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Toronto Marlies trade Stefan Leblanc for Tanner MacMaster

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Laurence Gilman acquires yet another guy from the Utica Comets.

Stefan LeBlanc
Credit: Christian Bonin

The Toronto Marlies made a Sunday afternoon deal mere hours after Martin Marincin was sent down by the Toronto Maple Leafs. The Marlies swapped 1996-born defenseman Stefan Leblanc to the Utica Comets (Vancouver Canucks affiliate) in exchange for 1996-born left winger Tanner MacMaster. Both players are on AHL contracts.

On the surface, this appears to be a good trade. The Marlies traded a left-handed defenseman — whom they have a surplus in — for a left winger of the same age. The Marlies lost two LWs over the past week; Carl Grundstrom went to LA in the Jake Muzzin trade, and Mason Marchment is out with a broken collarbone suffered on Friday night. But looking more closely, I think this is a loss.

Who we gave up

Stefan Leblanc was signed to an AHL contract for the ECHL Newfoundland Growlers over the summer. Leblanc immediately started his season as the best, most prolific defenseman on the Growlers, but had to leave that team because the Marlies were plagued by injuries. From limited third-pair minutes, Leblanc was promoted all the way up to a consistent second pair role on the Marlies until eventually Andreas Borgman came back and forced him down to the third pair. Now Martin Marincin has arrived and it’s curtains for Leblanc, through no fault of his own.

Leblanc is a good AHL defenseman. He moves the puck really well, and I’d say he was far and away more efficient at creating offense than Jordan Subban. On defense, it’s very easy to trust that he will be in the right position at the right time, and he’s a strong body in front of the net despite his size. He played both power play and penalty kill for the Marlies in his time, as well.

Going back to his time in Mississauga, which I followed very closely, Leblanc was on most nights the reason why Vegas Golden Knights pick Nicolas Hague showed so well. He was the teenage babysitter that did all the work to cover for his flawed partner and get the puck out of the zone so that his team could go play offense. He played the most minutes at 5v5 and on the penalty kill, and received no love for that commitment. Even after a year in the AHL with the terrible 2017-18 Laval Rockets, Leblanc was playing that same style and getting the same results.

In the 17 games he played with the Marlies, Leblanc amassed seven assists, had a +3 goal differential, and only picked up four minor penalties. He’s a good player and I’m disappointed that the Marlies felt like they could let him go. At least send him back to the ECHL?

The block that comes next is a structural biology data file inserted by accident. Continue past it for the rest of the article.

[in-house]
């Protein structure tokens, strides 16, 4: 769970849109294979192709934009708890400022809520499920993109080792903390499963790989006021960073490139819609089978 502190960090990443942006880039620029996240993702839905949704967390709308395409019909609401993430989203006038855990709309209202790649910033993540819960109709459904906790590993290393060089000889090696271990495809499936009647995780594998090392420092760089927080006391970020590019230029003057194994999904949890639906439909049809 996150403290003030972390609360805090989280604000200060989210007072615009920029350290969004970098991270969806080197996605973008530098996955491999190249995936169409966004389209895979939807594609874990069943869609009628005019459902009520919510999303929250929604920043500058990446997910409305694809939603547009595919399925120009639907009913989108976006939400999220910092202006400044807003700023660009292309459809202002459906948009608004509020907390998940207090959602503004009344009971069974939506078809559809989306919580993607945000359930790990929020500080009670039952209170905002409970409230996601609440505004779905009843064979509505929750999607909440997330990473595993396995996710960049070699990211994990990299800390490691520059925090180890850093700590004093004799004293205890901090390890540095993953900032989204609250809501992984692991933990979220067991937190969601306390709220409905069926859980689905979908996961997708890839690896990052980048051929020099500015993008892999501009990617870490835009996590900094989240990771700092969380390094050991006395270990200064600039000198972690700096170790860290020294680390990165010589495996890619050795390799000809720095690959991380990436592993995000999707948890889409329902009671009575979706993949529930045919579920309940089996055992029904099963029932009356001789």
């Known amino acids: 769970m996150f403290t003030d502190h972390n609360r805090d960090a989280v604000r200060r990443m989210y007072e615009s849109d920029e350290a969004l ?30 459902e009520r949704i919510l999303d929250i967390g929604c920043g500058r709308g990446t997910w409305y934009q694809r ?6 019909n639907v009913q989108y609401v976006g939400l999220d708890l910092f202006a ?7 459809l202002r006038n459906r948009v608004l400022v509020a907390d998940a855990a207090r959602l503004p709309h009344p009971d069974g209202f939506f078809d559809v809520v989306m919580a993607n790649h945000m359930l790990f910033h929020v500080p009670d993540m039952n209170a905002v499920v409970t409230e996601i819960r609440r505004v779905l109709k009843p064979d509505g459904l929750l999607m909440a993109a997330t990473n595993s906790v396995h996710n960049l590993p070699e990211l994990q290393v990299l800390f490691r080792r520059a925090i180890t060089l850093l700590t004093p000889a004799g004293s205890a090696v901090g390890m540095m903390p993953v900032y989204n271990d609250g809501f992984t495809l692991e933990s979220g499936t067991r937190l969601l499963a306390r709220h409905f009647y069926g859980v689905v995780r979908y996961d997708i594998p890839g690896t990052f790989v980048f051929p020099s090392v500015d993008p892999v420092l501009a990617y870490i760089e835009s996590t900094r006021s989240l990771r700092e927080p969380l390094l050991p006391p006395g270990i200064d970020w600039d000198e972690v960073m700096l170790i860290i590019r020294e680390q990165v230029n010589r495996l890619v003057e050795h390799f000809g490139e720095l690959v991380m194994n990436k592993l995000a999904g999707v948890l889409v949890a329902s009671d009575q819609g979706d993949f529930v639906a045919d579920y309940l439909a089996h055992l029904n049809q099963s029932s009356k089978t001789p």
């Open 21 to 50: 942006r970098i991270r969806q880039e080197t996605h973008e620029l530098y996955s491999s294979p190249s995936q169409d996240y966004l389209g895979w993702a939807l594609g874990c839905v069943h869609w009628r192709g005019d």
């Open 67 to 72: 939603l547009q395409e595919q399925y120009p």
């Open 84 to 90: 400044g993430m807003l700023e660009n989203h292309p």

Who we got

Tanner MacMaster is a 23-year-old left winger who went undrafted before spending four seasons at Quinnipiac University before getting an AHL deal from the Utica Comets at the end of last year.

MacMaster began his tenure with the Comets with seven points (2g, 5a) in 13 games before putting up four points (1g, 4a) in five games against the Toronto Marlies in the 2018 Calder Cup Playoff — a tournament Toronto won. So he’s a point-per-game playoff performer. That guy must be good!

Not quite. In 29 games this season for the Comets, MacMaster has 11 points (2g, 9a). I searched for any injuries as to the reason why he’s only played in 29 of the team’s 47 games this season, but I could not find any. MacMaster also has a goal differential of -5 on the season (plus/minus has him at a -10).

According to some friends I have who watched MacMaster at QU in the NCAA, he was never an impressive player until his final year when he was a senior playing against people younger than him.

Comparables

The player that MacMaster seems most like is Morgan Klimchuk. Klimchuk had two good seasons with the Stockton Heat before falling off this season, stepping out of the gate with only eight points (3g, 5a) in 17 games. Klimchuk was then flipped for Andrew Nielsen, scored two goals in 13 games — plus a three-game suspension — before being shipped off to Belleville for Gabriel Gagne. Klimchuk never fit in with the Marlies and honestly became more of a hinder than a help (21 PIMs). I don’t think the Marlies need another Morgan Klimchuk, especially not for a Stefan LeBlanc.

Verdict

I worry that the evaluation of this trade by Laurence Gilman was that he saw MacMaster have a hot week against the Toronto Marlies in the playoffs last year and decided to trade a solid top-four defenseman who could make the lineup every night for either the AHL or ECHL team just because he was expendable.

The Marlies now have three players (four if you include Tom Sestito) from the Utica Comets, Gilman’s former team. Both Jordan Subban and Michael Carcone have been consistent scratches this season.

I just don’t think that’s good team management. The Marlies have Trevor Moore, Pierre Engvall, and Dmytro Timashov as the sure-fire top-three left wings on the team with a player like Griffen Molino on the fourth line able to give energy minutes. Depth is always good, but that’s what the ECHL is for.

Listen, I know Leblanc was X players down the list on the Maple Leafs depth chart, but where was the fire? The Marlies are famous for carrying too many players at defense, and there are plenty of capable players who can be called up from the ECHL while Marchment is on the shelf. At least, that’s what I hope the organization did over the summer.

I think in terms of overall value, the Marlies got schooled in this trade. They gave up value for position, and did it at a time that wasn’t necessary.

At the very least, I’m happy for Leblanc, who now gets to continue playing meaningful AHL minutes. Perhaps he gets paired with Luke Schenn!